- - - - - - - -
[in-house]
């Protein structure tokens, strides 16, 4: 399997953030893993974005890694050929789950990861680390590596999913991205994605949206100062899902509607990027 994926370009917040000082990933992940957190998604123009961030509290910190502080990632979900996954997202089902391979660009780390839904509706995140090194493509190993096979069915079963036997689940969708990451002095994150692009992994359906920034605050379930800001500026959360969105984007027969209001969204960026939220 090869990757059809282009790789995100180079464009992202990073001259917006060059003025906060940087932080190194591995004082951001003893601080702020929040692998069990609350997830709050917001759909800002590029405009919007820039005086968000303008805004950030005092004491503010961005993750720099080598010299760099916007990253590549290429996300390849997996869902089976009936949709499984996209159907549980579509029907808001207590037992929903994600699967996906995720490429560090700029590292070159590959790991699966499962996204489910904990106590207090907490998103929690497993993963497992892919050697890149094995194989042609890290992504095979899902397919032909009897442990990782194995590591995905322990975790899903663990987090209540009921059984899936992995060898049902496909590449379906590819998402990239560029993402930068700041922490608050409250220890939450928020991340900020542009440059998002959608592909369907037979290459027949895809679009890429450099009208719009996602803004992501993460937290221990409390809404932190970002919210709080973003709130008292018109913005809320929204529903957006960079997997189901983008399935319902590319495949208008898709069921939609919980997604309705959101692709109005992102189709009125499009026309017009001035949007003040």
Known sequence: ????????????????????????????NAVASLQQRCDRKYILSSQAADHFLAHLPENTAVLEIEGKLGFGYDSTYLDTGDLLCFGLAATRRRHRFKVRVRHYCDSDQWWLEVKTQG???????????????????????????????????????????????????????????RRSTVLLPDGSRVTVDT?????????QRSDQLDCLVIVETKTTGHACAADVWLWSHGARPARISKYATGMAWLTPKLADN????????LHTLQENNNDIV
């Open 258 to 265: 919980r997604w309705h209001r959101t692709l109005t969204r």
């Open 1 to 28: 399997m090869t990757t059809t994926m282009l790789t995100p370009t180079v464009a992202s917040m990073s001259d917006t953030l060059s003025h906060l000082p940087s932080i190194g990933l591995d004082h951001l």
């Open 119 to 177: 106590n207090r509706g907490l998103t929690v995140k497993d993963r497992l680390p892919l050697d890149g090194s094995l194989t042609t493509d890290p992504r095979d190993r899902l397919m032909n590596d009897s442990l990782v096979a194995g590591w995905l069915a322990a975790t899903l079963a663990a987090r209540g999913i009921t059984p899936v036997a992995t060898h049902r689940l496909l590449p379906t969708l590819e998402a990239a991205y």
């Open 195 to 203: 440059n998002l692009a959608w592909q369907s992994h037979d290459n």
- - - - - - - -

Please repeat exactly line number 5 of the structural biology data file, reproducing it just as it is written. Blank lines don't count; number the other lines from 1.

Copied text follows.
């Open 1 to 28: 399997m090869t990757t059809t994926m282009l790789t995100p370009t180079v464009a992202s917040m990073s001259d917006t953030l060059s003025h906060l000082p940087s932080i190194g990933l591995d004082h951001l």